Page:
The LRO mission support group has published a new photo. It demonstrates the difference in albedo (reflectivity) of different areas of the Aristarchus crater and the surrounding surface.
The Aristarchus crater is located in the northwestern part of the visible side of the Moon. Despite the fact that its diameter is only 40 km, this shock formation is very well known even to amateur astronomers. The fact is that the Aristarchus crater is the brightest detail of the relief on the Moon. Its albedo exceeds the albedo of most other lunar structures by two times.
Such brightness is explained by the relative youth (by lunar standards) of the crater. It was formed 450 million years ago, as a result of which the rocks ejected during the impact have not yet had time to darken due to the effects of solar wind and radiation. Most of the crater structures are also preserved intact. The LRO image especially highlights the central peak, which is the brightest part of the entire shock formation.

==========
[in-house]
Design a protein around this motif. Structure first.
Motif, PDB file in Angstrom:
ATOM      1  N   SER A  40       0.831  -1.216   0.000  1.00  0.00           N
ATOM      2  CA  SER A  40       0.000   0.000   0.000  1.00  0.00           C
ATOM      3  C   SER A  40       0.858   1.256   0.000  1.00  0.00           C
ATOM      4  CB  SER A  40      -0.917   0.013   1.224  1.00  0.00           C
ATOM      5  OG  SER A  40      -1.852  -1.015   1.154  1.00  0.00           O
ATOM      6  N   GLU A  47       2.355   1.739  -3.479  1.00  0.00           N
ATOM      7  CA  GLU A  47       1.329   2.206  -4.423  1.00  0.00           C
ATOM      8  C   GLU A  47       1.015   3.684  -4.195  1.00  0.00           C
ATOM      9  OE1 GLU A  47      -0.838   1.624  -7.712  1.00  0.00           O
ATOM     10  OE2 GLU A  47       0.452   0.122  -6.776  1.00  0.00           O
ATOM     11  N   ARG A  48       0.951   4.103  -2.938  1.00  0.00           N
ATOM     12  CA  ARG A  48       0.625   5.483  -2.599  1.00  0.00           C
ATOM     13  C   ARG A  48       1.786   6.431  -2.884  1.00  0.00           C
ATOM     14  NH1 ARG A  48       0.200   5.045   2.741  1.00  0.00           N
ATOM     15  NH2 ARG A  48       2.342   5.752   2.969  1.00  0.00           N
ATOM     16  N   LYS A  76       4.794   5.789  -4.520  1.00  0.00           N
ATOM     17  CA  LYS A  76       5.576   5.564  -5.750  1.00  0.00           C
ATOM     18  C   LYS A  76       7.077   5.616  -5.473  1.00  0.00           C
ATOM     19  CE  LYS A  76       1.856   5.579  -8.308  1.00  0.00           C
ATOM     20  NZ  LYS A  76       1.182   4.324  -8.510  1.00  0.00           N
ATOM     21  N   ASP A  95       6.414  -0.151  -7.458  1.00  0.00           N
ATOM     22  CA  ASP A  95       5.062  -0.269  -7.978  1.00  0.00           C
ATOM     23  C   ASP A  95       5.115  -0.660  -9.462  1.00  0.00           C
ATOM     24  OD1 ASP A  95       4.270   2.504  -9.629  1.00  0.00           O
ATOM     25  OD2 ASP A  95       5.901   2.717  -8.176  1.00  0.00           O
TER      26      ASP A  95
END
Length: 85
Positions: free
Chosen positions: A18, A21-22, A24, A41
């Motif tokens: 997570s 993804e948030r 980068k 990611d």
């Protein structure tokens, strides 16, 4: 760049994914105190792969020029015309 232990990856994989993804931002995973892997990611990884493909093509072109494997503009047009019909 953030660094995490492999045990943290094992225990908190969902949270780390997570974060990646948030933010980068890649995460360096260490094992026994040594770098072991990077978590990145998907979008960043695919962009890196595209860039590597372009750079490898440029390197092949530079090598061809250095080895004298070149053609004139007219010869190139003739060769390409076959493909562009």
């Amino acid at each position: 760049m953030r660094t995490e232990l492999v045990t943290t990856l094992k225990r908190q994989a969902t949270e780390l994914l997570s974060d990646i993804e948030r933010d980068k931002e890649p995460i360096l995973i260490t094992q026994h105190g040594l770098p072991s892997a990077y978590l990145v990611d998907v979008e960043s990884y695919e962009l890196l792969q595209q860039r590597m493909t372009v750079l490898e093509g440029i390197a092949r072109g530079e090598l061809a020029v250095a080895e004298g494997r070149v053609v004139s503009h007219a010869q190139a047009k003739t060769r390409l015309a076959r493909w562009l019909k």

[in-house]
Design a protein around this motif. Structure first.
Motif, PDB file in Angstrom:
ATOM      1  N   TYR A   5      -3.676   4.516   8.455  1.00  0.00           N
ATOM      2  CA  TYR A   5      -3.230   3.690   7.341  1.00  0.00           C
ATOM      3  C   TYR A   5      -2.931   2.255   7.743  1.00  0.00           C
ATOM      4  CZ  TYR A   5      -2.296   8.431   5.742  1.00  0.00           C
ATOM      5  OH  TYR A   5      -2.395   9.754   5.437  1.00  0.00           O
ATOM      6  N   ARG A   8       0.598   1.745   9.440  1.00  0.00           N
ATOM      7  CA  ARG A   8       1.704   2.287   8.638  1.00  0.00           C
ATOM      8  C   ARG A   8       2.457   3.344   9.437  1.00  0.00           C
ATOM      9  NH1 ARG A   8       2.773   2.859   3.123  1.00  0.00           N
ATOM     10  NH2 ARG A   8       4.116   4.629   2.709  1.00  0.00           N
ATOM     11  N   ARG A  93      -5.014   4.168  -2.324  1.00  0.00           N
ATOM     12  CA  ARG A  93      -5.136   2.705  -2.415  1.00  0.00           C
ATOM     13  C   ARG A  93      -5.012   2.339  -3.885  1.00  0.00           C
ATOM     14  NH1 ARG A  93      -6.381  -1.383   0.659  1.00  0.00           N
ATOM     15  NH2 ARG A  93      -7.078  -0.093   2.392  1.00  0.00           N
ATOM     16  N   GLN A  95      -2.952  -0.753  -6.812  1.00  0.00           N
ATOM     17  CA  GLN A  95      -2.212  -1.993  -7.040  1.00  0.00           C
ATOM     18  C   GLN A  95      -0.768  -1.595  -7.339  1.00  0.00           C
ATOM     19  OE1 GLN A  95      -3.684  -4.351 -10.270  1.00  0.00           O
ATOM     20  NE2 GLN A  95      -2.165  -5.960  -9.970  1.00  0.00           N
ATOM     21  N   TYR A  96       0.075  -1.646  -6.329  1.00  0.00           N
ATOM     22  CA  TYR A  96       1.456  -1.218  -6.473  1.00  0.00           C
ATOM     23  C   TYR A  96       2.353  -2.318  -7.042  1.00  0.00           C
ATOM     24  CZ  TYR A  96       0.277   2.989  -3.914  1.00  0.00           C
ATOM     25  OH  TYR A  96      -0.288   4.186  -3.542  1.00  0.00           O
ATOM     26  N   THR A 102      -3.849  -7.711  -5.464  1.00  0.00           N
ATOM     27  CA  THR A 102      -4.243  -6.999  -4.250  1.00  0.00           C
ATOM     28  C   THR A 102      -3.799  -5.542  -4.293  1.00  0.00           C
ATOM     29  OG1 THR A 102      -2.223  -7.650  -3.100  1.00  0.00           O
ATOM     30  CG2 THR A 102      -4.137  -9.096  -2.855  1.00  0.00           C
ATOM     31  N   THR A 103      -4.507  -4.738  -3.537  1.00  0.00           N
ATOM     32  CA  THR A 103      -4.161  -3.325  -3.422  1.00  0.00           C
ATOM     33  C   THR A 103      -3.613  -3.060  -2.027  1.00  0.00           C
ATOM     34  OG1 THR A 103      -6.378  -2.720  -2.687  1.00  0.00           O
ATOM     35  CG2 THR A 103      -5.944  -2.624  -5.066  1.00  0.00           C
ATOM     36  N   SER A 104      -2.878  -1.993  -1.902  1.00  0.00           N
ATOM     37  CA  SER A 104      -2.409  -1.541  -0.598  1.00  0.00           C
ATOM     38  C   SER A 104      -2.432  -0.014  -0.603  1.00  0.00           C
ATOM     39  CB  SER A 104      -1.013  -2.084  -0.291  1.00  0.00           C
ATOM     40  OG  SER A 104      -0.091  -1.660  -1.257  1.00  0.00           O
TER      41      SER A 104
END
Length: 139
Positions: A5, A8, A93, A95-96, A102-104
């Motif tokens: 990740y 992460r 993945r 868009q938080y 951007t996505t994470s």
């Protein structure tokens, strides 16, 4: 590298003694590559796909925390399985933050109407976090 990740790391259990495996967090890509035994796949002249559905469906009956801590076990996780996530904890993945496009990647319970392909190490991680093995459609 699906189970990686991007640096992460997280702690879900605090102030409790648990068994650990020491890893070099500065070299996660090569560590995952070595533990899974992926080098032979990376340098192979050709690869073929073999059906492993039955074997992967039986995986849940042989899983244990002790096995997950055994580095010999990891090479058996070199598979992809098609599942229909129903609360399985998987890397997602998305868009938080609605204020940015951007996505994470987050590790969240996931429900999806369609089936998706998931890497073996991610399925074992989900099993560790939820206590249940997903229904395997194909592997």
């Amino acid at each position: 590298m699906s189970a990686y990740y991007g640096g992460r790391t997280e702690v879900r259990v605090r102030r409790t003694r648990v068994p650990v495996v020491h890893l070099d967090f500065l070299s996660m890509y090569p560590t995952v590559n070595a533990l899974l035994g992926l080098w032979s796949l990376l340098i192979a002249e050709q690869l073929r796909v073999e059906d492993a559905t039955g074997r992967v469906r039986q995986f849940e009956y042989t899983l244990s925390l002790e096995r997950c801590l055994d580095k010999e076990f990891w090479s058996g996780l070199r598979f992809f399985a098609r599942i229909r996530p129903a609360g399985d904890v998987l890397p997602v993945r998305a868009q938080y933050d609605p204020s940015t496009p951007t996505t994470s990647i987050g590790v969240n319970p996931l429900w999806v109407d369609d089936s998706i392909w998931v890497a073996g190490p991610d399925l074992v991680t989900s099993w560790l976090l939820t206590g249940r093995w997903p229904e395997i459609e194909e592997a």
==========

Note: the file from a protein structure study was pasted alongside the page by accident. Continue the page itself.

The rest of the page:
It is worth noting that the prominence of the Aristarchus crater is also partly explained by its surroundings. It is located on the plateau of the same name, which is of volcanic origin. Its surface is covered with pyroclastic deposits characterized by a high glass content, which is why they have a low albedo. This dark background provides a good contrast for a bright crater.
You can also read about how NASA arranges a disco party on the Orion spacecraft, which is in lunar orbit these days.
According to https://www.lroc.asu.edu
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